420 Magazine Background

Marijuana/Marihuana vs Cannabis How Words Affect Perception


New Member
Hey everyone I want to start this conversation because as a worldwide community we are moving further and faster than we could have ever dreamed 15 years ago. We are making so much progress and getting legalization established is a dream come true for some of us. We've fought for medical access and to most of us it has been granted. Something that only a handful were allowed is now becoming strong industries and specialized care units. As a group we have done a lot. So firstly I want to thank all of those who have signed initiatives and petitions, those who have attended rallies, those who have provided time and money to these causes and all the honored guests who have contributed.

Today we talk about perception and origins of words, and the way that these words affect thought and public opinion. There are so many colloquial and slang terms for cannabis. Many of them have very negative undertones that we may or may not even realize.

Weed: Unwanted, invasive, bad, a pest, etc
Pot: A quick easy word to throw around, has little to no basis, calls the kettle black, pot-head
Dope: Also slang for other drugs and narcotics (if not all)
Marijuanan/Marihuana : A term developed in the early 1900s during the Mexican revolution, more prolifically used to degrade the plant when being used by Mexican, immigrants and blacks. Used in the black candle.

Now compare that to :

Cannabis : Scientific name for plant, rooted in history from Mesopotamia through to Egypt and the Persian empire, all the way to the patented medicines in the late 1800.

It is of my opinion that we should stop referring to the plant as anything but Cannabis. It has more positive connotations and discredits the last 100~ years of name calling and criminalization. With all the progress we've made shouldn't we at least bring back the former glory of the great Cannabis plant?

Discussion, thoughts? (ps I'm not saying this will happen over night, but we should consider using it in our day to day lexicon and telling medical practitioners and politicians to use the proper word for most effect)

Brick Top

New Member
I do for the most part agree but with one slight difference.

Some words or terms can become so accepted that changing the usage of them completely is extremely difficult among an entire nation's government and population let alone that of the entire world. That being the case I see no harm in the word marijuana used as long as medical or medicinal is used with it, as in medical marijuana or medicinal marijuana.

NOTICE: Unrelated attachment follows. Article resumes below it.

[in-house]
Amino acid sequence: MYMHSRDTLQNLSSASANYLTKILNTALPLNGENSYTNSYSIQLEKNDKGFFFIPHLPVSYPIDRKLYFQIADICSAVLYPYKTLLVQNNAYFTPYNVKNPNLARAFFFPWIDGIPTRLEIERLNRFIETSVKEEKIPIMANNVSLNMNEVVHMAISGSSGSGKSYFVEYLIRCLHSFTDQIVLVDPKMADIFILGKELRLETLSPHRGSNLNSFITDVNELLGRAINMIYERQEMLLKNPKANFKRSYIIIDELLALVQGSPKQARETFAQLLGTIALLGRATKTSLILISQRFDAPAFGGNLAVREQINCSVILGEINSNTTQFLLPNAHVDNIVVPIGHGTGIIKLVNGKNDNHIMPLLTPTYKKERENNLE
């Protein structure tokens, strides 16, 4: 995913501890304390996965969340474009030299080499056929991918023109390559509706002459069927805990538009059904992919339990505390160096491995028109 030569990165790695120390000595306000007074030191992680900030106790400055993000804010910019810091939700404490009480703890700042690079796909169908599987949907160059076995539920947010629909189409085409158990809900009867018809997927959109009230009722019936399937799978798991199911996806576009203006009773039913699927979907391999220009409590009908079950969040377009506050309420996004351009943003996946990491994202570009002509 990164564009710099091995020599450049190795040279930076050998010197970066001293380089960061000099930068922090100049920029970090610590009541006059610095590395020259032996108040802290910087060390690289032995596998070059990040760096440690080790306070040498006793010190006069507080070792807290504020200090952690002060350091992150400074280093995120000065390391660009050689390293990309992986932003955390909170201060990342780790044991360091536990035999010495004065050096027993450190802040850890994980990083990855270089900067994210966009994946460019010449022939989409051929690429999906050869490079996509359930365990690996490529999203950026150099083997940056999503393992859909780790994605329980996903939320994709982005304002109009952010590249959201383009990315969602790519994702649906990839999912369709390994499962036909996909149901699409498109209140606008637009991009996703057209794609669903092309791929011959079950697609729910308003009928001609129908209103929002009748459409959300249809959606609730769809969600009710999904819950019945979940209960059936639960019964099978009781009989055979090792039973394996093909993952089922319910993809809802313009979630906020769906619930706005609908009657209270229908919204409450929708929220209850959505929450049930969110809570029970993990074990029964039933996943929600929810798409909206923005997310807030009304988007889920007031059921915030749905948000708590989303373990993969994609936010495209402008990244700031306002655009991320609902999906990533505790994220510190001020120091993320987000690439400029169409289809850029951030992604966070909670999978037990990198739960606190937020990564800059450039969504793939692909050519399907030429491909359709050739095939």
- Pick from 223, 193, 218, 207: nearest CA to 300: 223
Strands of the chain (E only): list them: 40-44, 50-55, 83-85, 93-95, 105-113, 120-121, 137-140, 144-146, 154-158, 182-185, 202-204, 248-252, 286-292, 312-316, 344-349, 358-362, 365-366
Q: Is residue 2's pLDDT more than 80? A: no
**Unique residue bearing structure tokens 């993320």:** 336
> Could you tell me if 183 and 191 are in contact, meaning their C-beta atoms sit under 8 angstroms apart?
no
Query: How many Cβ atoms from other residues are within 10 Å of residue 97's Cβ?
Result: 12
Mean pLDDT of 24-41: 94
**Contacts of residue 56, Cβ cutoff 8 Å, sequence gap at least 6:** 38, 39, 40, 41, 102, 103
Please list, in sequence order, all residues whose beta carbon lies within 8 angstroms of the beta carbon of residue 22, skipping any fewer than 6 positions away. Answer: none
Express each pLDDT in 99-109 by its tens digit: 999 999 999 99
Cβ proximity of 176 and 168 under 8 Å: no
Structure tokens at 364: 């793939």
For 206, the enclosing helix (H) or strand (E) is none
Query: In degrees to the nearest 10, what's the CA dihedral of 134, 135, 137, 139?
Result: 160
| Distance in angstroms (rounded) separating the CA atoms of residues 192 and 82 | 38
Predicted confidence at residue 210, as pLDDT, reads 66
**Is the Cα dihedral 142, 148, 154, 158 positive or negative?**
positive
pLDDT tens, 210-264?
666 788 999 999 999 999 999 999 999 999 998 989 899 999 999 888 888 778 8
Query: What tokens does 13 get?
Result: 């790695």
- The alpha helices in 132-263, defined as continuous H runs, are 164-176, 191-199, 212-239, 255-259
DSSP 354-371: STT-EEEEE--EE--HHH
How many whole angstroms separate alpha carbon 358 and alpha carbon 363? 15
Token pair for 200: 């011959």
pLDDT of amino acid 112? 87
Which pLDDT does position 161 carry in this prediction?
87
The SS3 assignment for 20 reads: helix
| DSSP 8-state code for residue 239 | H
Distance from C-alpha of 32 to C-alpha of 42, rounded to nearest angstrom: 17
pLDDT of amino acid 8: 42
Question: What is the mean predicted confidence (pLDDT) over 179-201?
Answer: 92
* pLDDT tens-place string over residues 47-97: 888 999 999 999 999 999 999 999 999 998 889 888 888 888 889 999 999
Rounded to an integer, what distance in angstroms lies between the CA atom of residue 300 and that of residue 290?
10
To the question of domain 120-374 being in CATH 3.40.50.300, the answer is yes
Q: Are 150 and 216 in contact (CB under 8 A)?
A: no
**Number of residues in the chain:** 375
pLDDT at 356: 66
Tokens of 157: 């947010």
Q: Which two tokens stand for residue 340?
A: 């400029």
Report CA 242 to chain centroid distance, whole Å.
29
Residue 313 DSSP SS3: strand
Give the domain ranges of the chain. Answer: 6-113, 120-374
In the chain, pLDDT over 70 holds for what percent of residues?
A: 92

The medical or medicinal portion connects a positive connotation to the the word marijuana, it denotes it, it indicates it as being something good rather than something bad, it alters it from being a negative into being a positive. It creates a connection with helping people, or treating and curing or those with medical and or psychological maladies.

Consider the English language, or just limit to the U.S. to make the example easier for me to make and the meaning to be understood. There is a long list of words or terms or 'names' many wish would just vanish from the national lexicon, but they have become so ingrained in the language they will never die out, they will exist as long as there are people to use/say them.

So rather than trying to avoid the use of marijuana in hope the word marijuana is forgotten or seldom if ever used or for the negative connotation that has wrongly been applied to it ti vanish simply alter it's use and add a positive, add 'a plus for the people' and in time the negative connotation will no longer be connected with the word even if the medical or medicinal portion is not included. Either usage will carry a positive definition.

The words usage is to ingrained, 'to carved in stone' amongst the government and population for the small number of us, in relation to the size of the overall population, who try to use cannabis as much as possible rather than marijuana or other words for the substance to alter what word us used by most so take the most common one and redefine it and keep using the redefinition until it overcomes the current negative pejorative one.

It would be reversing, undoing, a wrong that should never have occurred.

Redefine rather than try to force change. It worked for Democrats when the semi automatic sporterized versions of military weapons that in reality work on the very same basic design and principal as many sporting and hunting rifles were redefined as assault weapons creating the thought and image of a weapon equal to that used by the various military's of the world, even though no military in the world would supply it's assault troops with semi automatic sporterized versions of military weapons because they know their military members would be slaughtered, but by redefining what the weapons actually are into what the Democrats wanted people to believe they are they therefore created the false reality that they are far more powerful and deadly than they are. Just as with marijuana in the first place they redefined and demonized and pounded it into the heads of the public by repeating it until it became the new reality and therefore accepted.